Imagine that when you die, you will grow a mask that will protect your face for millions of years. In some ways, this happened to the oldest animal on our planet. Paleontologists have discovered that after the death of these animals, they will be wrapped up in a “death mask” made of pyrite. The soft body will not rot and can be stored for a long enough time and slowly become fossils.
In the Ediacaran period from 575 million to 541 million years ago, these creatures spread throughout the planet. They look like aliens: for example, the Kimberbug is like avocado wearing a garter; Dickenson jellyfish is like a cross between pancakes and clams. Biologists are completely unaware of where this group should be placed in the evolutionary tree – only a part of them are animals, and it is likely that some of these animals are ancestors or close relatives of all subsequent animals. Another puzzling question is how the Ediacara creatures become fossils, as most of them belong to the body’s soft creatures. These creatures are prone to decay quickly and therefore rarely become fossils after death.
To understand the mystery, the team led by the paleontologist Brent Gibson of Vanderbilt University replaced the Ediacara biota with an anemone, etc. (which is considered to be the most similar to Ediacara in modern life). A simulation experiment was conducted. The researchers placed the bodies of anemones and other bodies in a seawater tank to model the chemical environment of the antique ocean. They observed that iron-rich pyrite deposited around the body in about a month. However, the shield did not completely prevent the decay of the body. For example, the tentacles of the anemone “disappeared quickly.” Gibson pointed out that this result indicates that the Ediacar fossils may not be as intact as the original creatures. Complementing those parts that have disappeared is critical to determining where these strange creatures are located on the evolutionary tree.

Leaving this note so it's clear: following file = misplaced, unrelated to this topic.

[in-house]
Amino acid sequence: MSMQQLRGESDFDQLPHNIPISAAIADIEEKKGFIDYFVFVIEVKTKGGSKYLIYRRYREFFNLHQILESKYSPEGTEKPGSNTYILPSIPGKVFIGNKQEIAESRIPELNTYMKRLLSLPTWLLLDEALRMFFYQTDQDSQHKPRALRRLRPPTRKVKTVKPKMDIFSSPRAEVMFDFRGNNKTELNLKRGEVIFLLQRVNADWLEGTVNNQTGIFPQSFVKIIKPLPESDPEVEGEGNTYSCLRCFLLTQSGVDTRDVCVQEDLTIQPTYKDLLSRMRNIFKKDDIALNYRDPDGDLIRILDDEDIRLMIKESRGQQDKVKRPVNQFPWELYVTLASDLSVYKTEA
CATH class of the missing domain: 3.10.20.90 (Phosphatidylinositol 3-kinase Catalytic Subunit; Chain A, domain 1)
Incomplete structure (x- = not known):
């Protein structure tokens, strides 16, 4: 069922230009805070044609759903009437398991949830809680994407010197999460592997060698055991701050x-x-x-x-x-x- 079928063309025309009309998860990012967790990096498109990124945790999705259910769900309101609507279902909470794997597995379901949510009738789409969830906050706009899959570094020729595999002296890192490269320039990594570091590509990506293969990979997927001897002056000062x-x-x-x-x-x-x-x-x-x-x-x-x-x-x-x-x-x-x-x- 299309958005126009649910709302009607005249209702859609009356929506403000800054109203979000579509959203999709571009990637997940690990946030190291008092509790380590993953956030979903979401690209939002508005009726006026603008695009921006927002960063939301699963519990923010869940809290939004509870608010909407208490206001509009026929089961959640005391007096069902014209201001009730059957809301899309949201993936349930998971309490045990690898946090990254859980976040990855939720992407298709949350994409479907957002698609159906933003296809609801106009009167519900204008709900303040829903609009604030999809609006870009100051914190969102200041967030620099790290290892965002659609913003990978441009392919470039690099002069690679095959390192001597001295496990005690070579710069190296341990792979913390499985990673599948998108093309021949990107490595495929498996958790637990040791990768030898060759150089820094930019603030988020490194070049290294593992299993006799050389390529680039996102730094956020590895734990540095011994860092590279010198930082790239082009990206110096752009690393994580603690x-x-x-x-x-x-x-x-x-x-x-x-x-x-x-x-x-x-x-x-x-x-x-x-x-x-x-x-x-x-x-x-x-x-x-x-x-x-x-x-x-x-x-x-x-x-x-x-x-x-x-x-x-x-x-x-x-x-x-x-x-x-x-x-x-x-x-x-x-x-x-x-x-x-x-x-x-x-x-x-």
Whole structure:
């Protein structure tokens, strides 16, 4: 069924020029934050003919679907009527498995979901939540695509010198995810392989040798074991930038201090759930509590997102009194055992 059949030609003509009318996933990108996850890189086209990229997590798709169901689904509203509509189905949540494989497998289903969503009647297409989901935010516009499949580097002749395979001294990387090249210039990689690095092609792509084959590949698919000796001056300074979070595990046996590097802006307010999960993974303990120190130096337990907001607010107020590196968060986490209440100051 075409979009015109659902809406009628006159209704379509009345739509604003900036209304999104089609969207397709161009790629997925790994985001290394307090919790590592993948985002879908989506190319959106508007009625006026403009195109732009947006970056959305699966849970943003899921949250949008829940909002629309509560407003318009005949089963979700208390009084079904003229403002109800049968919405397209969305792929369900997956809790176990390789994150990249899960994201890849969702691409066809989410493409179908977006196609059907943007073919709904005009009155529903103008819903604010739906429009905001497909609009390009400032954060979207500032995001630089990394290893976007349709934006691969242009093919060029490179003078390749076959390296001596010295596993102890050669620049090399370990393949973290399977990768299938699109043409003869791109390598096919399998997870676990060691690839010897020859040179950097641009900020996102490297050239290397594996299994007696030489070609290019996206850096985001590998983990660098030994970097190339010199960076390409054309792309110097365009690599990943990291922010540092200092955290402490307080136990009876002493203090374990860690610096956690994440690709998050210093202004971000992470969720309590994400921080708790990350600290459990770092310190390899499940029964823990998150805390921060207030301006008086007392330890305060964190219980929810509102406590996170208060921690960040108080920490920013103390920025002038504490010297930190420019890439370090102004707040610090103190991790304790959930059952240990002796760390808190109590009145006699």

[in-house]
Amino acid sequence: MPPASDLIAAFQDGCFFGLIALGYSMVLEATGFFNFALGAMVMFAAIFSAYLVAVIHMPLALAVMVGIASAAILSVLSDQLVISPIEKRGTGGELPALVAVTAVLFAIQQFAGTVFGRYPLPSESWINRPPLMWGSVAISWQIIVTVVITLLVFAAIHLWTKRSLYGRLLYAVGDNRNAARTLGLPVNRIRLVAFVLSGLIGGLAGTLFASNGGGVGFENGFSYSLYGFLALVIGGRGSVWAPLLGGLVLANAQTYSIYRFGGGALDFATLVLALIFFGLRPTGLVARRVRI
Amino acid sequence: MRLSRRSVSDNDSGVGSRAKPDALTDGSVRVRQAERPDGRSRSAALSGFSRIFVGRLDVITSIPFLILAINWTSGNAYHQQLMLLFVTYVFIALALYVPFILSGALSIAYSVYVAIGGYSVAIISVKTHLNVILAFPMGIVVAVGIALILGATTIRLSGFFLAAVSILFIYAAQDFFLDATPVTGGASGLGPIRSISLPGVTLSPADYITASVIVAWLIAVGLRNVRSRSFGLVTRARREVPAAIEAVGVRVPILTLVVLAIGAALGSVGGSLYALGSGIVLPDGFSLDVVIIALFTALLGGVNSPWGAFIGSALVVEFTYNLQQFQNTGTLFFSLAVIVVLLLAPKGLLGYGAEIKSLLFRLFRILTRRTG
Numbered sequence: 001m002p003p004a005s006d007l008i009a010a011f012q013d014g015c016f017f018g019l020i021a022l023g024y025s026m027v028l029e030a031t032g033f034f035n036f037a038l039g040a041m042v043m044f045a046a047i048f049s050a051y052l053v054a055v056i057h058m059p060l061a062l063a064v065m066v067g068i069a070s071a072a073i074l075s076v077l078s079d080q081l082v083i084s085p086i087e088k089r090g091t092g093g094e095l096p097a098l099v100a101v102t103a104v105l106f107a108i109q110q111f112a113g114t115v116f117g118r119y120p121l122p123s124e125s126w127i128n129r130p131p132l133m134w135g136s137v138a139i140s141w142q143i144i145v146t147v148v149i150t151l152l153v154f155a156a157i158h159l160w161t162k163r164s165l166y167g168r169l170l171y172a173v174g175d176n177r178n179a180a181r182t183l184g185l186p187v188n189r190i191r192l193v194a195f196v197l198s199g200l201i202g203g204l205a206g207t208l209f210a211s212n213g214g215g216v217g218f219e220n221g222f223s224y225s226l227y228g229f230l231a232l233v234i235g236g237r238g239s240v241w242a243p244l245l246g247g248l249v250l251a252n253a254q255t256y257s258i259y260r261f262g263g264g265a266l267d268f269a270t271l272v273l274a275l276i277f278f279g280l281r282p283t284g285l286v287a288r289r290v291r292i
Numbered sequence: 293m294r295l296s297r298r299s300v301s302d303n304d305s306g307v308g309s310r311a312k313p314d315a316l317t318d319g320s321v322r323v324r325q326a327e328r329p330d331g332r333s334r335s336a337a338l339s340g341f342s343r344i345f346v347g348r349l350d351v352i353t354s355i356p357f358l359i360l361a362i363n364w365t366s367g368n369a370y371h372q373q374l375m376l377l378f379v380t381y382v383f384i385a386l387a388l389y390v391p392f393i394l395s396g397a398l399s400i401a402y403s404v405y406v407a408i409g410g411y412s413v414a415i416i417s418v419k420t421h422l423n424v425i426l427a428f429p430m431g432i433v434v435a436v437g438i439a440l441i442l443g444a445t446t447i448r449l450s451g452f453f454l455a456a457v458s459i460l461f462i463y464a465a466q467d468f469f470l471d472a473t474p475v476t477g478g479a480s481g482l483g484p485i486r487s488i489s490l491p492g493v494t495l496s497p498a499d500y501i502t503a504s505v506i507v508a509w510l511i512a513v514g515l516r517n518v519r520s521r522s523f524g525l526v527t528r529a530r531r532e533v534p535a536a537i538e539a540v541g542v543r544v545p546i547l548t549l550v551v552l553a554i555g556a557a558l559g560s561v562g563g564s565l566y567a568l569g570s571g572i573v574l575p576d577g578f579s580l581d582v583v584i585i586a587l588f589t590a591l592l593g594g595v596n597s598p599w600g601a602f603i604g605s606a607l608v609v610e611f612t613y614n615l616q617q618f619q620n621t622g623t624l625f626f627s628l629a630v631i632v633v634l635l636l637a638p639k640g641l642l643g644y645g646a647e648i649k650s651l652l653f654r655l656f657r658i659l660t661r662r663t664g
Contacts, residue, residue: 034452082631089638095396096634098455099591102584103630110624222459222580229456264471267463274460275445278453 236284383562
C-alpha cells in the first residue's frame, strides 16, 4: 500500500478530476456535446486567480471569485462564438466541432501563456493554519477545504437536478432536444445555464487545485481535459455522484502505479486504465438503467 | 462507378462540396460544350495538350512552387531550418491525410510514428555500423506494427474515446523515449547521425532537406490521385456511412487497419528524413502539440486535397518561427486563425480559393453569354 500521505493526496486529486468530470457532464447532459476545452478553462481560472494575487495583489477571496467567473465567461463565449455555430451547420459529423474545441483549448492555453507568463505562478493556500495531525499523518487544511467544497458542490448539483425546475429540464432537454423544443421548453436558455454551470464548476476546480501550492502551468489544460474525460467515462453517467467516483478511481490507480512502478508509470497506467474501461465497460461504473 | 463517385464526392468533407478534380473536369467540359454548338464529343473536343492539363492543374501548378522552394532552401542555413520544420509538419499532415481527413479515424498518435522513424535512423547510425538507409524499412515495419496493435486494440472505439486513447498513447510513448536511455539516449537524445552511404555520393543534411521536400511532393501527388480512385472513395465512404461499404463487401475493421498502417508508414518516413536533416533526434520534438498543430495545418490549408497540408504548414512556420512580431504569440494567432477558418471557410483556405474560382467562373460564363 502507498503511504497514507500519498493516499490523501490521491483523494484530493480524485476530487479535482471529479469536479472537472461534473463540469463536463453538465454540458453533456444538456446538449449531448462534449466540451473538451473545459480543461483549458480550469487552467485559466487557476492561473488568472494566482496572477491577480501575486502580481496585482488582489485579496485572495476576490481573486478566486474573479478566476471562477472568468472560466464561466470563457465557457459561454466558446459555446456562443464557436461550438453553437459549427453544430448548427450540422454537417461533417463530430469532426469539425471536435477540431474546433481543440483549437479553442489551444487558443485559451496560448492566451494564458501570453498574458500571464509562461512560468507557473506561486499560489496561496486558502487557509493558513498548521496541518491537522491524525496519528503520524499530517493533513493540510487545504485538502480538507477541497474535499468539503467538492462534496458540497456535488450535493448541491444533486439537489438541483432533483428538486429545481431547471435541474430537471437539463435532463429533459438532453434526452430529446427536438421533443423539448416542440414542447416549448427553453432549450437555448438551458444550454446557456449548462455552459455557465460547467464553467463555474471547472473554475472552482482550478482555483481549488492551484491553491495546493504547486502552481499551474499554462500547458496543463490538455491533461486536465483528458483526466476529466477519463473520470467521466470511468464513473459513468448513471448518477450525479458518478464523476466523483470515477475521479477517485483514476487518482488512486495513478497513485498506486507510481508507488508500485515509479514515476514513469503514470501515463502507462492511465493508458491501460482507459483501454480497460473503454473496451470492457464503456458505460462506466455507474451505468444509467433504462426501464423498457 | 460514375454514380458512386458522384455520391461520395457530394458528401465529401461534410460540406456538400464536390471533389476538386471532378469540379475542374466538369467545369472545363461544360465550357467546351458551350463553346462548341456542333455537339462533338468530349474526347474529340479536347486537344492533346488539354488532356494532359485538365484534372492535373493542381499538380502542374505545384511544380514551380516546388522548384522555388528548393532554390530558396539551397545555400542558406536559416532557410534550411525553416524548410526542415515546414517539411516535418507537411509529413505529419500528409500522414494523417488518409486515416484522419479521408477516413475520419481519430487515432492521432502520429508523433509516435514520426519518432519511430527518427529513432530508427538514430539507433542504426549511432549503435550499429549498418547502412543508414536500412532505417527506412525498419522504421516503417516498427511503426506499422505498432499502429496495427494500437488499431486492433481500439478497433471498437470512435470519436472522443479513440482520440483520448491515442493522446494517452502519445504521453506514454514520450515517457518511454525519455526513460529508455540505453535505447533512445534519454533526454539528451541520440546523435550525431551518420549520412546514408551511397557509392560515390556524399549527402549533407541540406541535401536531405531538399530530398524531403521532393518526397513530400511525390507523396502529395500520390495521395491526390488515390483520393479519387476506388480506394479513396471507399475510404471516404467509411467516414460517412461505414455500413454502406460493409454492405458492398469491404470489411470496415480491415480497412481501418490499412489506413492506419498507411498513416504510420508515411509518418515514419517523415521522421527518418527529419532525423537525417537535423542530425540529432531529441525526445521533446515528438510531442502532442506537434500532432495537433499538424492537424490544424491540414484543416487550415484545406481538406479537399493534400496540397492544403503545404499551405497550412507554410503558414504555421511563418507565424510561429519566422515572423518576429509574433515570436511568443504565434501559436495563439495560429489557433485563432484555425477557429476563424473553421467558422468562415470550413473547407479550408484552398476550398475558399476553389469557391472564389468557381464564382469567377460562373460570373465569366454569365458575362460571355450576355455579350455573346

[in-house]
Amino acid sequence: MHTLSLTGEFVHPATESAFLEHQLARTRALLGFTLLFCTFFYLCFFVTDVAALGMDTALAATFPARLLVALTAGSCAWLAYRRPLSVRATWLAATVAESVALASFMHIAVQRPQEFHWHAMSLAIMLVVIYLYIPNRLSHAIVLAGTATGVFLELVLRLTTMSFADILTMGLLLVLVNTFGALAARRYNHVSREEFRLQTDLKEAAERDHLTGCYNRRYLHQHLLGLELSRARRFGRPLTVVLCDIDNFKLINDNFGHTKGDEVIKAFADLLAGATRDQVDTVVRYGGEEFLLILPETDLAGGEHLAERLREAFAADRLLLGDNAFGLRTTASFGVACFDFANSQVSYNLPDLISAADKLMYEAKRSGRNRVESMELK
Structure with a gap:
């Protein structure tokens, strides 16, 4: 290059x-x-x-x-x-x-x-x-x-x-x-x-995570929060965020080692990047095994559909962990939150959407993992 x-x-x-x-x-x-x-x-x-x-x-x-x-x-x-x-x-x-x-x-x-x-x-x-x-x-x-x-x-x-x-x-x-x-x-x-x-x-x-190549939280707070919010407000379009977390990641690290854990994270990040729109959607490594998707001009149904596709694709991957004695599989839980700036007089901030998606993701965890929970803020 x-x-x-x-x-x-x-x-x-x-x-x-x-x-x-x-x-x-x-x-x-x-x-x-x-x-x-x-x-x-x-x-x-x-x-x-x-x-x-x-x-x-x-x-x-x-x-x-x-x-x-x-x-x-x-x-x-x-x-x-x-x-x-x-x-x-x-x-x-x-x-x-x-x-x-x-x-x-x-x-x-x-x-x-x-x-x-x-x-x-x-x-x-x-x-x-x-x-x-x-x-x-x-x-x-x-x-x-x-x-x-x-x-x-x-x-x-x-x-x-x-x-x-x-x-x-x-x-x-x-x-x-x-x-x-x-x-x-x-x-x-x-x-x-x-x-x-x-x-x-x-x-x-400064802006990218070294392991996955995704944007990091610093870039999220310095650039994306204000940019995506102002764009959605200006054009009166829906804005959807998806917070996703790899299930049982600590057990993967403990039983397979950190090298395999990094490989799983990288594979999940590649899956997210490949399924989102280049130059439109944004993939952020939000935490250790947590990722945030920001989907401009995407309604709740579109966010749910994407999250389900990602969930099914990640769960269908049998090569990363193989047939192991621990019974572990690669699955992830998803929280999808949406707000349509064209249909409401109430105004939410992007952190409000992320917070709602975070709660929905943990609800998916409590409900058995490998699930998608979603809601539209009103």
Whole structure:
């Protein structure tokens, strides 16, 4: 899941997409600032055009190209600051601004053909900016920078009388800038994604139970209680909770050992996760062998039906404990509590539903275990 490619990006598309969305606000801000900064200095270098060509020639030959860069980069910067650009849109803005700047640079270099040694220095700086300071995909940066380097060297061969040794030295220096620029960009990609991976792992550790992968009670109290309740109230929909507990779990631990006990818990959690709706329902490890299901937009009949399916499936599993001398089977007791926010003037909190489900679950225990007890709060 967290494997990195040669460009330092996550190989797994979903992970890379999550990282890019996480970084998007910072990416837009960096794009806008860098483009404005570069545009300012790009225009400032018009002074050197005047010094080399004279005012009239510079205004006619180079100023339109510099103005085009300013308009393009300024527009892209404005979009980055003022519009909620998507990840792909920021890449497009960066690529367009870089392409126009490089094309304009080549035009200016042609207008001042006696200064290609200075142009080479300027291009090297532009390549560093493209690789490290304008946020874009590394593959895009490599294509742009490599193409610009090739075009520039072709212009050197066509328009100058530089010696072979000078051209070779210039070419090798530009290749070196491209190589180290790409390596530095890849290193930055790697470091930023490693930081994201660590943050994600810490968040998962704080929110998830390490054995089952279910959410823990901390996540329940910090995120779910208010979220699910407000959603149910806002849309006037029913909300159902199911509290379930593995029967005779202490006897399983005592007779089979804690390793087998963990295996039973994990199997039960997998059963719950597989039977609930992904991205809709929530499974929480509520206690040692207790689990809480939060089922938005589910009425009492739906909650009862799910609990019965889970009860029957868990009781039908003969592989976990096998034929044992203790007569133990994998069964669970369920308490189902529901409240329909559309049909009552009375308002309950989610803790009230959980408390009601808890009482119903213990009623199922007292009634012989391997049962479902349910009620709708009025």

Fungus swallowing art
Scientists in Costa Rica have discovered new species of fungi that have some special hiding places – they live in the lithographs of 19th-century French artist Bernard Roman Julian. This printed artwork is one of the oldest art collections at the University of Costa Rica as a tool for learning painting techniques. However, microbes accelerate the erosion of these printed art.
In order to protect lithographs, Geraldine Concho Balboza, a researcher at the Faculty of Chemistry and the School of Art Studies at the University of Costa Rica, and colleagues are working on a spray that can both remove fungi or inhibit fungal growth and prevent it from happening. The natural acidification process that degrades the artwork. “It has been found that hydroxyapatite molecules can reduce the acidity of paper. Our idea is to use hydroxyapatite to synthesize a new molecule with both fungal functions,” said Concho Balboza. She plans to add zinc oxide and zinc ions to the surface of hydroxyapatite to achieve an antibacterial effect.
However, just as a person must find out what is the disease before taking it. In order to find the “truth” that is destroying art, Max Chavalia, a molecular biologist at the Costa Rican Center for Biotechnology Innovation, selected 20 of the more than 1,000 lithograph collections and extracted 21 of them. Fungal samples, two of which were first discovered. Chavalia said: “In such a limited environment, it is really amazing to find two new creatures.”